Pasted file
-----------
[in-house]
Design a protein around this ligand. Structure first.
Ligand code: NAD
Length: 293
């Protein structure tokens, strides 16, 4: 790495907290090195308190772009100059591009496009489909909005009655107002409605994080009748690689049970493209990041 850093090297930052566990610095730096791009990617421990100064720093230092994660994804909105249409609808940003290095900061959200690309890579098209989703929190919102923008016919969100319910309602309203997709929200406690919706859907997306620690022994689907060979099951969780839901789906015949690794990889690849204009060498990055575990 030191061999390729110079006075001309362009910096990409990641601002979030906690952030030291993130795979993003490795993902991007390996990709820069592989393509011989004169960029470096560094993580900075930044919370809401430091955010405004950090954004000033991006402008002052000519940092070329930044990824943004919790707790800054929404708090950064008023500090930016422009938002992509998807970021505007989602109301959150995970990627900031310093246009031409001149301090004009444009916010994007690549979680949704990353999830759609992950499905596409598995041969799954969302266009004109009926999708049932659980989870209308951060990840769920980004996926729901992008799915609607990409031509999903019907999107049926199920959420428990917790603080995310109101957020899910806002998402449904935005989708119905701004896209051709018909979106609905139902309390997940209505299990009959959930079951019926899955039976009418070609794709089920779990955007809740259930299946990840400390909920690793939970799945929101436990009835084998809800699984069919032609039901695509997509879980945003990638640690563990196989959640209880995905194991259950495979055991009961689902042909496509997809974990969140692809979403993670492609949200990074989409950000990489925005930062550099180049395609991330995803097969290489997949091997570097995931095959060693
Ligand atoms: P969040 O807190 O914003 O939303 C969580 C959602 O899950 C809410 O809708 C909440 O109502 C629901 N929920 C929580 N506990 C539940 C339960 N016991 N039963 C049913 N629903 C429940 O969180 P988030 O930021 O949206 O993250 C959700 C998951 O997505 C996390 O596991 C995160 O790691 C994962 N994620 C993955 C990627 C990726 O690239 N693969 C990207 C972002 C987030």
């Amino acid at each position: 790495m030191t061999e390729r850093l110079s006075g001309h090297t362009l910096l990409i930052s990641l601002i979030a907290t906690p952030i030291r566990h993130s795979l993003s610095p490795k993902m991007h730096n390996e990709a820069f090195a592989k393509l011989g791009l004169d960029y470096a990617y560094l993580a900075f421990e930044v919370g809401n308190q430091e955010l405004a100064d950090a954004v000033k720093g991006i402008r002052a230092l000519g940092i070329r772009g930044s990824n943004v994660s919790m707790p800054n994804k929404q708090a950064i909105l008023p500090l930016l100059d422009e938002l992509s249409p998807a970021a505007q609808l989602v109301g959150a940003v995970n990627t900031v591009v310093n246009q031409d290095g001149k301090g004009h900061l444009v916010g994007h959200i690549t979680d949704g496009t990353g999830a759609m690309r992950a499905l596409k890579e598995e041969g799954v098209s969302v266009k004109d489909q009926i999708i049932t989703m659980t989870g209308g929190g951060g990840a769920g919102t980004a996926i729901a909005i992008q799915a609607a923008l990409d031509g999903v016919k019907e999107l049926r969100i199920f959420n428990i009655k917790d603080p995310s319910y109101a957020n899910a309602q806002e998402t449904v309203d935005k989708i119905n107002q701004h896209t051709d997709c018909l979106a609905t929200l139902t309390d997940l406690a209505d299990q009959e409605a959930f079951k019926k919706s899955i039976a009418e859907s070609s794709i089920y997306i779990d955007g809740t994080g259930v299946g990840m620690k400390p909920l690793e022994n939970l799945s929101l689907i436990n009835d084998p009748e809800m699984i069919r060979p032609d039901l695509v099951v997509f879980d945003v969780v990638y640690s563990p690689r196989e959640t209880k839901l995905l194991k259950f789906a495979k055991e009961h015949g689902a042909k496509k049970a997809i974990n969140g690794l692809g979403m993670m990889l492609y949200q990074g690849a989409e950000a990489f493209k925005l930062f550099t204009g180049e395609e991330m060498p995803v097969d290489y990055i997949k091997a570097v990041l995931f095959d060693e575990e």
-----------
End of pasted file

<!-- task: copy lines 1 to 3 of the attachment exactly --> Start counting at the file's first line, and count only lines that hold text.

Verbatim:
[in-house]
Design a protein around this ligand. Structure first.
Ligand code: NAD